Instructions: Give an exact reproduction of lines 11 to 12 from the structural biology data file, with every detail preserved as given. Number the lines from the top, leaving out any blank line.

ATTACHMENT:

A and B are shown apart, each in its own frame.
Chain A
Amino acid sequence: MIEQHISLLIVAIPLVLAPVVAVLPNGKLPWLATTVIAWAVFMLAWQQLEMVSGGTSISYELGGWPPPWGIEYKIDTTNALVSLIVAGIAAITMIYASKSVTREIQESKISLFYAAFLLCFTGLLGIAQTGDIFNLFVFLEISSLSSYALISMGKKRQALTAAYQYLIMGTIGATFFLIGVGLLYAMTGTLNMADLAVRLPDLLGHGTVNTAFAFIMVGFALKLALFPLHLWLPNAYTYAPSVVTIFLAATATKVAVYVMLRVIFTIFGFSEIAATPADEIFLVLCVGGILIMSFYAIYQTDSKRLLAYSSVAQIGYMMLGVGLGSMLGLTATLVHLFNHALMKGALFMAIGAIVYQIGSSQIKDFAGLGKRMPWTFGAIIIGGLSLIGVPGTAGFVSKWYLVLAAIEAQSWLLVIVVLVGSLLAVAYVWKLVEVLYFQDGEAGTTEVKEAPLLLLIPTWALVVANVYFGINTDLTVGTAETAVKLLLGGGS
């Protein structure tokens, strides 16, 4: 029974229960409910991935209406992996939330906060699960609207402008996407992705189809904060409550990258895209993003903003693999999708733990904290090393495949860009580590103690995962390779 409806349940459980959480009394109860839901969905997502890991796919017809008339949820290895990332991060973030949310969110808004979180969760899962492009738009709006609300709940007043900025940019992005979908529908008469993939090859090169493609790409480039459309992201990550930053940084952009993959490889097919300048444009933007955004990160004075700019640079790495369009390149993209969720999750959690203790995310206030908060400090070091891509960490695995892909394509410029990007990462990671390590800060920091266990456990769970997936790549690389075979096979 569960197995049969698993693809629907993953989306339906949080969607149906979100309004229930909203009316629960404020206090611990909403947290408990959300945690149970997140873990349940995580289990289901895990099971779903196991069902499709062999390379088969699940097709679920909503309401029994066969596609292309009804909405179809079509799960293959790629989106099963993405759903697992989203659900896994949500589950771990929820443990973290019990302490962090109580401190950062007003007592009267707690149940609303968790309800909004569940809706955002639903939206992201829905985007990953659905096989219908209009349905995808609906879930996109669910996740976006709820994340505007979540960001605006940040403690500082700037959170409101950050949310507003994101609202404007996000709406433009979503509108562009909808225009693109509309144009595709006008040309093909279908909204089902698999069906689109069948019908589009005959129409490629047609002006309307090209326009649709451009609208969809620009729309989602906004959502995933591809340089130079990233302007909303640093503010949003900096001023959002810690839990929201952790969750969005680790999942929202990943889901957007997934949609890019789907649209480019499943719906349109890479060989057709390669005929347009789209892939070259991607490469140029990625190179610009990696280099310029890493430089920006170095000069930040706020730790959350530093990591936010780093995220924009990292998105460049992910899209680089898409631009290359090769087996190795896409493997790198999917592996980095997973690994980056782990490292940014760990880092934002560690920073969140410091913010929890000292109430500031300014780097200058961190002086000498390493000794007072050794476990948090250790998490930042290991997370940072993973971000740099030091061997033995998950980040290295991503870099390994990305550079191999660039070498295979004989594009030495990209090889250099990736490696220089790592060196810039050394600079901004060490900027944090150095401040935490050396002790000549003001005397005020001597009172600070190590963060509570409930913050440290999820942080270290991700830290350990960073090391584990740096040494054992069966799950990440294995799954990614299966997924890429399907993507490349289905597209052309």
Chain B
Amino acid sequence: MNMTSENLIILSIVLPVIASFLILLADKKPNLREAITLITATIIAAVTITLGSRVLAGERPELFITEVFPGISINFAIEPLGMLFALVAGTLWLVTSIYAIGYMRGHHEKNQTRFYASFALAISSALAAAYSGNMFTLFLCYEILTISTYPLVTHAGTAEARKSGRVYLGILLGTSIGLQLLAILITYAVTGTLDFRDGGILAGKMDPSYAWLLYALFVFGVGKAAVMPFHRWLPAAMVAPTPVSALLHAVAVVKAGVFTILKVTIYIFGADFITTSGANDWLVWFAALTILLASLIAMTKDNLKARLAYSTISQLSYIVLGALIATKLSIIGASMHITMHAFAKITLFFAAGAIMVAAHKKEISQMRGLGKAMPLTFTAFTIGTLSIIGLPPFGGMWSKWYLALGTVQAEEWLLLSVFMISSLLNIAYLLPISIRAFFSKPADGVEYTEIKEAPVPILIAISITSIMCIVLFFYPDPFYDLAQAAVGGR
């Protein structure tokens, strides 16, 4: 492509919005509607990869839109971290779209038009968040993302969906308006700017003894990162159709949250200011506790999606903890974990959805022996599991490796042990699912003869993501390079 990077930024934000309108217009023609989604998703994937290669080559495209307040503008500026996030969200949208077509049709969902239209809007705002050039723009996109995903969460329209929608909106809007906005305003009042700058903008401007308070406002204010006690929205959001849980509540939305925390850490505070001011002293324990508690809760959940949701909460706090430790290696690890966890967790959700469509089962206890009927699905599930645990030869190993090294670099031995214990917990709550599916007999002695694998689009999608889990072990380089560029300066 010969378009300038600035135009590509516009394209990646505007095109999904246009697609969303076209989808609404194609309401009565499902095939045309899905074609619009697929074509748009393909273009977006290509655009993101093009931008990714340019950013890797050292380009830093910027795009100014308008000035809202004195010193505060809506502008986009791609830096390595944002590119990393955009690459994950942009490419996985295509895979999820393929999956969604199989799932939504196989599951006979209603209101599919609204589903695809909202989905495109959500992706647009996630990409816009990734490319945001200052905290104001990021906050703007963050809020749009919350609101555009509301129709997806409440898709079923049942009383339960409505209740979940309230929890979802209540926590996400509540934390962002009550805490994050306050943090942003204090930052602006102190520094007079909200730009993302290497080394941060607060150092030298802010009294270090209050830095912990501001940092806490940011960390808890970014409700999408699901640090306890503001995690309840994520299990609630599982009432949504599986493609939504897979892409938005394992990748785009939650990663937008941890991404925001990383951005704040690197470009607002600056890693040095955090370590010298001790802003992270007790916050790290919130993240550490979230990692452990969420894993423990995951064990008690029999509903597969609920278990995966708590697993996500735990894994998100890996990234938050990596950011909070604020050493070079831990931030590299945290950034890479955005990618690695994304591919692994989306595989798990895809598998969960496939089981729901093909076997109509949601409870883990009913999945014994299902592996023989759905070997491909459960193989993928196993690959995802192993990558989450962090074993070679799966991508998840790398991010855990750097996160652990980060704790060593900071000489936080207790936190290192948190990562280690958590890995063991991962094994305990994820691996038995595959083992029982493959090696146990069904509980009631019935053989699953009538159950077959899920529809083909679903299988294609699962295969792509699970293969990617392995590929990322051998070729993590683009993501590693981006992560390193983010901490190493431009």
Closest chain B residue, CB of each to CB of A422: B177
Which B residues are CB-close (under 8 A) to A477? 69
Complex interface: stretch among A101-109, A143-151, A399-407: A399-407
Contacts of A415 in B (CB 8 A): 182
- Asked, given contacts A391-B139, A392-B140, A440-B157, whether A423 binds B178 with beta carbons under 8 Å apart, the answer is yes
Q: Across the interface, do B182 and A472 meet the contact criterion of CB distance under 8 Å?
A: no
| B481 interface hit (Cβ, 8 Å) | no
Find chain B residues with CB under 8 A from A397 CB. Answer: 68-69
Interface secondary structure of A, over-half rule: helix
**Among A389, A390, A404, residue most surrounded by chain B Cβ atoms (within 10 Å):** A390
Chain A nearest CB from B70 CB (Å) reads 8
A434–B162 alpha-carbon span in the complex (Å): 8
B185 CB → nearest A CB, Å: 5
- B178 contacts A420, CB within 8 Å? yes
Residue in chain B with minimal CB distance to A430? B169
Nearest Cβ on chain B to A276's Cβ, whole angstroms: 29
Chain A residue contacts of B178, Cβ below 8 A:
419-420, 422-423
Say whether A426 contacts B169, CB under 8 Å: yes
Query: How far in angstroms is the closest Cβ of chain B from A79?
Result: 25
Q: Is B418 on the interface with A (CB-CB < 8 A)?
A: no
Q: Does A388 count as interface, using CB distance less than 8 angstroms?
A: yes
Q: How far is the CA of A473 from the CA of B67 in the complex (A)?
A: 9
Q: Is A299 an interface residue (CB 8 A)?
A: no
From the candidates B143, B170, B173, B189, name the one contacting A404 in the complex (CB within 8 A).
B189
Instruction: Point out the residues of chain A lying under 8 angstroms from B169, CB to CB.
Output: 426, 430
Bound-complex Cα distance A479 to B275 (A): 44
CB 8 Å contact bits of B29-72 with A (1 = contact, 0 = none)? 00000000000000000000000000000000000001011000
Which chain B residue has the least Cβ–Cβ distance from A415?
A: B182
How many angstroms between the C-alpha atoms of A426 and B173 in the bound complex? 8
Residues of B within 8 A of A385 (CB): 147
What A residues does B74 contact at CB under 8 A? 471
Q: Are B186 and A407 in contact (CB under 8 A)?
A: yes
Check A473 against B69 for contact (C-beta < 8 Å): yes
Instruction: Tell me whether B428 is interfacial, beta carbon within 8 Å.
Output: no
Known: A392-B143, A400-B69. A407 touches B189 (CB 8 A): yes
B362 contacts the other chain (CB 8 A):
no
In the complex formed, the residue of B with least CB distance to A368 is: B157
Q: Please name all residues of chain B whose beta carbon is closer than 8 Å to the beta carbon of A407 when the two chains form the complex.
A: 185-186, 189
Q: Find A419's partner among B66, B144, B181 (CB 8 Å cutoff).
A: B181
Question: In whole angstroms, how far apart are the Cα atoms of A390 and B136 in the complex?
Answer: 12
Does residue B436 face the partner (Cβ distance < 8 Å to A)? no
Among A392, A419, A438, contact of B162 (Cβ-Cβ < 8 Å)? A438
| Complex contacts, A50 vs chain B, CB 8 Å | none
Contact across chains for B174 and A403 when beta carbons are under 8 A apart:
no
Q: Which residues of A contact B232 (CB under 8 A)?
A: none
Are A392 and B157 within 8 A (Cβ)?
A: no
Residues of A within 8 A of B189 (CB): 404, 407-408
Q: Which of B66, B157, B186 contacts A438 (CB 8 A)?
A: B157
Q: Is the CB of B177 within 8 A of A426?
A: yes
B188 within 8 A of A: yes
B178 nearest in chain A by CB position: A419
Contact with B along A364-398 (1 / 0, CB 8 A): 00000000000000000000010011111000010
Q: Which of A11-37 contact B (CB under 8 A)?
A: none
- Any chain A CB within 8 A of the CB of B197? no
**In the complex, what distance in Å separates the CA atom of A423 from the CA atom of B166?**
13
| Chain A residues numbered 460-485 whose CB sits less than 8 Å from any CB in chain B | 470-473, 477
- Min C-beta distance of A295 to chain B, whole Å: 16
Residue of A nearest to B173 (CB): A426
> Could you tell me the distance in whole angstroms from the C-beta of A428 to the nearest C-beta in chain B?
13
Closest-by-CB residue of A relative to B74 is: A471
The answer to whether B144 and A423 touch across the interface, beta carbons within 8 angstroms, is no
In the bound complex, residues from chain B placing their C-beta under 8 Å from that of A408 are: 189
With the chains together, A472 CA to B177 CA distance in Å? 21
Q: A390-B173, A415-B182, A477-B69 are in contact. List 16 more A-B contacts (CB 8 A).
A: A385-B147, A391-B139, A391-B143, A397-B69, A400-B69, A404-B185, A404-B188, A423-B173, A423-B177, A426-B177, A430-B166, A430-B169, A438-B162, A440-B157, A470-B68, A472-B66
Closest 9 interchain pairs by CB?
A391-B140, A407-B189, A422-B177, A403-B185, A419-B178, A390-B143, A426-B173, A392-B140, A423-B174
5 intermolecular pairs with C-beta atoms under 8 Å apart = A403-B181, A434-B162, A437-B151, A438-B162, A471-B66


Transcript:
Contacts of A415 in B (CB 8 A): 182
- Asked, given contacts A391-B139, A392-B140, A440-B157, whether A423 binds B178 with beta carbons under 8 Å apart, the answer is yes